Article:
According to the Tenancy Deposit Scheme (TDS), the biggest reason for a deposit dispute is cleanliness, coming up in over half of all deposit disputes. What this really comes down to is understand what does clean really mean? Or rather, in terms of the property specifically, what does clean really mean? Let’s look into things a little more closely.
The Two Issues When It Comes To What Clean Really Means
There are two main issues when it comes to determining what clean really means for a property. The first is that a landlord had the property professionally cleaned before the tenant moved in, but when the tenant moved out they decided to clean it themselves (assuming they cleaned it at all). There is documentation to prove the original clean was done by experts, that it included the carpets, the oven, the windows, and so on, but of course, there is no corresponding documentation once the tenant moves out. This can be the cause of a dispute.
Or, the landlord chooses not to have professional cleaners into the property, hoping that whatever the previous tenant did when they left would be enough to make the place look presentable when the new tenants moved in. When the new tenants leave, they don’t use professional cleaners because, well, why should they? The landlord didn’t. This can also lead to a dispute.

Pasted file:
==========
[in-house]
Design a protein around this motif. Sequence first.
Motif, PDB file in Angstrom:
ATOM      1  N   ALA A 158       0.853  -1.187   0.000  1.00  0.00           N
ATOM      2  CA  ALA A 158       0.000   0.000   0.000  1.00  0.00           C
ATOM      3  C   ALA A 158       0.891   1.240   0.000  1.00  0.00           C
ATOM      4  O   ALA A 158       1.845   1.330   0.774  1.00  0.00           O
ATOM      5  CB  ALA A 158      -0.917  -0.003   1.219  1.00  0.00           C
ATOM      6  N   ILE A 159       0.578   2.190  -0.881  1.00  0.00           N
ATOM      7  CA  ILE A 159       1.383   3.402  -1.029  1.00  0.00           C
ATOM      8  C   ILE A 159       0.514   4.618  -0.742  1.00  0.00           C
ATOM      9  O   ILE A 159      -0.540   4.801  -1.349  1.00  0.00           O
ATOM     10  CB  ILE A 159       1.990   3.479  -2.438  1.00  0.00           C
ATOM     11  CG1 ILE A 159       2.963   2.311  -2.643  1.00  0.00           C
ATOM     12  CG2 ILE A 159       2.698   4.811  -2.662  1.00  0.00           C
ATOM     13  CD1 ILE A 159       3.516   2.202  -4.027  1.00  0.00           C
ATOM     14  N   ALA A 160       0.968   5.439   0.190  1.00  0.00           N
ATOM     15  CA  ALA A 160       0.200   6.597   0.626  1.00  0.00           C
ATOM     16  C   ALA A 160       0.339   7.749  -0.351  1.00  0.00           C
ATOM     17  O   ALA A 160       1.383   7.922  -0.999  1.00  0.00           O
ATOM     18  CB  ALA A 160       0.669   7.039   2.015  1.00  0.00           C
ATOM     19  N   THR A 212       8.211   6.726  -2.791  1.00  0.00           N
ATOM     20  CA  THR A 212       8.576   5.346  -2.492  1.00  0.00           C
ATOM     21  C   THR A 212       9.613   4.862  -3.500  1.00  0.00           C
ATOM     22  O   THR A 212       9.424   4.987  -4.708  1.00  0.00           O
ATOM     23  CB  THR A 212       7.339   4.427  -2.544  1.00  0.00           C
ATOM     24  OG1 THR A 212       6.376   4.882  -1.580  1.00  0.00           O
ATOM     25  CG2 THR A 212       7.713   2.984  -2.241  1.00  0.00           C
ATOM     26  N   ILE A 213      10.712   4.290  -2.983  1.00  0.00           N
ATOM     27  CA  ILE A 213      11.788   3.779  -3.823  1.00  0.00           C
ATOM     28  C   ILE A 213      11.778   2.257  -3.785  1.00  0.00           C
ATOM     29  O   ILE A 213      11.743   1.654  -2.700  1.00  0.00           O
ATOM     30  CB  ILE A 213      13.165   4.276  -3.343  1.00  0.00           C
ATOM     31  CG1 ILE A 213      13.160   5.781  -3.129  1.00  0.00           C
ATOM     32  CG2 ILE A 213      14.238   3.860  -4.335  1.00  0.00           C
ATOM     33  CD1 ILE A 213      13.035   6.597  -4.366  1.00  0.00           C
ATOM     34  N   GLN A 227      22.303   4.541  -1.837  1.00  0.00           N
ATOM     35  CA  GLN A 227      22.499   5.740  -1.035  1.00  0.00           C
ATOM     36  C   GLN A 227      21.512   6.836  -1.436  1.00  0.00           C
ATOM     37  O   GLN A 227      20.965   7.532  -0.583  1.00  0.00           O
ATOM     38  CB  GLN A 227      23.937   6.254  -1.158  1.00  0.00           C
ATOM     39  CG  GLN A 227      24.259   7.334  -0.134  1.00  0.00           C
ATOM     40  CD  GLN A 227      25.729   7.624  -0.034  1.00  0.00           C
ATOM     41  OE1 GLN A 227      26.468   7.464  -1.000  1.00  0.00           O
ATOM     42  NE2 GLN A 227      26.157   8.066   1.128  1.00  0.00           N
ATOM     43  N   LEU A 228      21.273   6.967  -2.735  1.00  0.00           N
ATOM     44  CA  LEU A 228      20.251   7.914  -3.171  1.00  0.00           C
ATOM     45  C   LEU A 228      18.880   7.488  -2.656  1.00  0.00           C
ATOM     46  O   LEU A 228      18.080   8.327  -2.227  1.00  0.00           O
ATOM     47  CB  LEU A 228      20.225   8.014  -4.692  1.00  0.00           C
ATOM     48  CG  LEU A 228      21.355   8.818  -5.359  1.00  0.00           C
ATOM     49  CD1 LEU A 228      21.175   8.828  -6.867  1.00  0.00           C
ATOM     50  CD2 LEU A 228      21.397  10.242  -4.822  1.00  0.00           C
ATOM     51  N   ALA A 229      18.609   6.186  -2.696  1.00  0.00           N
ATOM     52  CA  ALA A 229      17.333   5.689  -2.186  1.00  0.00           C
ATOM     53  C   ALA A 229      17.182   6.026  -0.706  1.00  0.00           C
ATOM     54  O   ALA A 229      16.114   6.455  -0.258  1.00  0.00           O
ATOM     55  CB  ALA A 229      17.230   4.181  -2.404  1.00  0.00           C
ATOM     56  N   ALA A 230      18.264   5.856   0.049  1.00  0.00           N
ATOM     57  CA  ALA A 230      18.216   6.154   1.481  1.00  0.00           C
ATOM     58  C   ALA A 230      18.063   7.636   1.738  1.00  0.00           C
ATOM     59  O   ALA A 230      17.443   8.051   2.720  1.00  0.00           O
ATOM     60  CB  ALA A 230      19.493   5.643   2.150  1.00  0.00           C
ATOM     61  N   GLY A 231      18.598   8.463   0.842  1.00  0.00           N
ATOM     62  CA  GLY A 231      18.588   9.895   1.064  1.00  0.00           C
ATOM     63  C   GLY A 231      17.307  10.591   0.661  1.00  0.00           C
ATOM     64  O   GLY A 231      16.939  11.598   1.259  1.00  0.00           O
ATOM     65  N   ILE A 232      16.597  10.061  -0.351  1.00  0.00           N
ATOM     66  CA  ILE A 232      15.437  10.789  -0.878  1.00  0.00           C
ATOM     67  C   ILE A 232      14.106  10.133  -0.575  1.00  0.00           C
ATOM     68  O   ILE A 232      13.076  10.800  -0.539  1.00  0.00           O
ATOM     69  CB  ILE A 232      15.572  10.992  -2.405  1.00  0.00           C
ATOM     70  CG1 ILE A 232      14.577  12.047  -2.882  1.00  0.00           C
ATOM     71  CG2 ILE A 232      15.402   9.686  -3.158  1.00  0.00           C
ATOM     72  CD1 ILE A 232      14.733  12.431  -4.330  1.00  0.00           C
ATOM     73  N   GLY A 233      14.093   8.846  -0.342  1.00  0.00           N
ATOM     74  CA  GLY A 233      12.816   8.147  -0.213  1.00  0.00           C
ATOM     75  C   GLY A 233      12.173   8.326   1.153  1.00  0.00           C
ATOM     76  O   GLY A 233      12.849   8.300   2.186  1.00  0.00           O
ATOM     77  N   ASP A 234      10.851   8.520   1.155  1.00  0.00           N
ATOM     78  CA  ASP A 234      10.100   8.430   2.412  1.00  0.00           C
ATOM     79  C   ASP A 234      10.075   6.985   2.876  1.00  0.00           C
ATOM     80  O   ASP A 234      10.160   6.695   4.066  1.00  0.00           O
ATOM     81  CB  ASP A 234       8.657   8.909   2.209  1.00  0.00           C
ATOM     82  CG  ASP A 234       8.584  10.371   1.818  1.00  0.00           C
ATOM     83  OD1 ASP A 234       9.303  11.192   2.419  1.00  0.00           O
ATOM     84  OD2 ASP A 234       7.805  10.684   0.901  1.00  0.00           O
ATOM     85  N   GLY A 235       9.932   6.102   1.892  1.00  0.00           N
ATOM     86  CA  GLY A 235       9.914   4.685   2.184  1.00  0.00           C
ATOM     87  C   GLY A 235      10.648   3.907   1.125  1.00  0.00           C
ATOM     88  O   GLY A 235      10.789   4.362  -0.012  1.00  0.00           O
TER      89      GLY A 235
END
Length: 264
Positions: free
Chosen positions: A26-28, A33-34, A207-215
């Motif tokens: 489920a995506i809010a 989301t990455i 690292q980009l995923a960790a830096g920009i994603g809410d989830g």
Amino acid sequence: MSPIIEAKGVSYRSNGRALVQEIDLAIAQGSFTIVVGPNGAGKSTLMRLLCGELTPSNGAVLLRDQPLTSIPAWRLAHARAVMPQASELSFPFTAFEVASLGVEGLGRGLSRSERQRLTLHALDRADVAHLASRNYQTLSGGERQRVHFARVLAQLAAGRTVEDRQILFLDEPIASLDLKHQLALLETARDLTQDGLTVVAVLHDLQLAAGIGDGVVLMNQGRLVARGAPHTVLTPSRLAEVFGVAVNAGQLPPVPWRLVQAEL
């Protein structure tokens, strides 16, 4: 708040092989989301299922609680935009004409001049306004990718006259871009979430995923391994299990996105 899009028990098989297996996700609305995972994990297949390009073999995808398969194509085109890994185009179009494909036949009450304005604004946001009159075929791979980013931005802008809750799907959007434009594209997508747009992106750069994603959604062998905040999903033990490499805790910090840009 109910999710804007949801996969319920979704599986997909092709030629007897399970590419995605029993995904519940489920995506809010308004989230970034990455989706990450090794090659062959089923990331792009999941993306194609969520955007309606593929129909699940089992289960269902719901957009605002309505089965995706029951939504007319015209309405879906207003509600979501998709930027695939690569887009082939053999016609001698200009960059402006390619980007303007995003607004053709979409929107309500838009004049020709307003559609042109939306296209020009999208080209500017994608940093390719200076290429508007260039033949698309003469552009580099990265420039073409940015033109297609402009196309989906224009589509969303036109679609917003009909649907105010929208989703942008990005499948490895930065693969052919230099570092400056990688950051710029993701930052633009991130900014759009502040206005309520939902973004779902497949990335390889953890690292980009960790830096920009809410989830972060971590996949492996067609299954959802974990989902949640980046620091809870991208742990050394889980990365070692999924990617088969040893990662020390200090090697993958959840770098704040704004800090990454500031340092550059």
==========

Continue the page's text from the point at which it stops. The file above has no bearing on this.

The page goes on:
Who Is Right?
According to most tenancy agreements (although it’s always best to double-check your own), the tenant only has to leave the property in the same state as they found it. The landlord shouldn’t expect to receive their property back looking better than they handed it over.
So, in the first case above when the landlord used a professional cleaning company and the results were good, they might expect the tenant to do the same. In the second case, when the results were not so good (and in some cases downright bad), that’s how the tenant has every right to leave the property. Of course, they might choose to clean it up or hire professionals, but the choice when technically be theirs.
How Does An Inventory Help?
Without an inventory, it’s hard to tell who’s right and who’s wrong. Yes, the landlord may well have the documentation to prove that the job was carried out professionally, but was it to a high standard? Perhaps the tenant moved in and discovered it was still pretty filthy and that areas had been missed. Or maybe the tenant moved out and cleaned up, but the landlord doesn’t think that it’s clean enough – what does clean mean, after all? It’s subjective.
Unless there is a good inventory that details the cleanliness of the property, no one is going to know.
In other words, an inventory from Looksy Inventories is going to help with this kind of dispute and many more. Contact us today to find out more.